Former Trump Campaign Aide to Plead Guilty in Mueller Probe, Report Says

We may earn a commission from links on this page.

Another former member of Donald Trump’s presidential campaign reportedly will plead guilty to charges resulting from special counsel Robert Mueller’s Russia investigation, the Los Angeles Times reported on Sunday.

Rick Gates, who served as Trump’s deputy campaign manager, is expected to plead guilty in coming days to fraud–related charges, and then testify against his former business associate, Paul Manafort, who served as the president’s campaign manager.

Manafort and Gates were indicted by a federal grand jury on Oct. 27, 2017, on 12 felony counts, including conspiracy against the United States, conspiracy to launder money, and acting as an unregistered agent of a foreign principal. The indictment accuses the two former Trump campaign officials of acting as agents of the Ukraine government and laundering “tens of millions of dollars in income” through U.S. and foreign corporations, partnerships, and bank accounts from at least 2006–2016.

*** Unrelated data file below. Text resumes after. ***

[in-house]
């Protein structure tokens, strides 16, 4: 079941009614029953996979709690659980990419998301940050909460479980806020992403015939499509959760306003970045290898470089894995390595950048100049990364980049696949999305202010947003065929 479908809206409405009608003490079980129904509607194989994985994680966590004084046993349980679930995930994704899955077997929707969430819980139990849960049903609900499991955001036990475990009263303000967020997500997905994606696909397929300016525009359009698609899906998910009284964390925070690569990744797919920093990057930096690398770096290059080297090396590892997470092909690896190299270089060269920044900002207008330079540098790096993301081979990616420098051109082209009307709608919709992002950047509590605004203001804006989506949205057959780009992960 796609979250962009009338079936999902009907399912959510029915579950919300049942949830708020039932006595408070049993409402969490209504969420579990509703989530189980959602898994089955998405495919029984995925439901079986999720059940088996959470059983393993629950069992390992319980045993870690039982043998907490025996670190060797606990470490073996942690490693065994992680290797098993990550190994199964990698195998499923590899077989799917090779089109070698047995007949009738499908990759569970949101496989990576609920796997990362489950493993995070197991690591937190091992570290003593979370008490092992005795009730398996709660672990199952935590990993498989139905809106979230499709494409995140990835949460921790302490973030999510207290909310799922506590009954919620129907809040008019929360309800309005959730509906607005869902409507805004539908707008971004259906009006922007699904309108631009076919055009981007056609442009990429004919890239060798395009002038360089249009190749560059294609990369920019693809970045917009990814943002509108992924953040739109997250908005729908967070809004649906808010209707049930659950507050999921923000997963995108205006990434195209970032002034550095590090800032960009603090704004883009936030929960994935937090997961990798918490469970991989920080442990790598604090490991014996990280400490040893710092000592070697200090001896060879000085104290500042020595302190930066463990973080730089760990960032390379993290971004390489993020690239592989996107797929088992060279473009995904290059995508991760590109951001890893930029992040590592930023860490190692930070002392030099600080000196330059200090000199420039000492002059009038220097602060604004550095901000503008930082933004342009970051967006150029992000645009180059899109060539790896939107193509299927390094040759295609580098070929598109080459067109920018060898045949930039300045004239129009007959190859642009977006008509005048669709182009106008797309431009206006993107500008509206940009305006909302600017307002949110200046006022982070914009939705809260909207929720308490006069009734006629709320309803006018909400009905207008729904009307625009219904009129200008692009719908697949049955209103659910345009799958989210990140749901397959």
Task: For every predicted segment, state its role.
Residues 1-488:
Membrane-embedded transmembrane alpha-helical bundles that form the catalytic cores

Both men initially pleaded not guilty, but now Gates appears ready to flip. According to an anonymous source familiar with the investigation and cited by the Times, Gates could expect to serve about 18 months in prison in exchange for his cooperation.

Multiple reports said Gates, 45, who has four children, has faced financial pressures resulting from the indictment and likely cannot afford a lengthy trial. Republican donors have been hesitant to aid in defense funds for both Gates and Manafort, CNN said. Gates could not demonstrate to the court that he had $5 million in assets in order to make bail.


Earlier this month, three of Gates’ lawyers asked the court to allow them to stop representing their client, leading to a flurry of sealed hearings. A fourth lawyer, Thomas Green, helped Gates negotiate a plea deal.

An unnamed White House official previously told CNN that Gates’ cooperation in the Mueller probe would cause the Trump administration “no anxiety.” The source named in the Times report seems to agree with that assessment, saying Gates’ testimony likely would not “turn the screws on Trump.”


Gates’ role in the Trump campaign was reduced after Manafort was fired in August 2016, although he did work for Trump’s inaugural committee.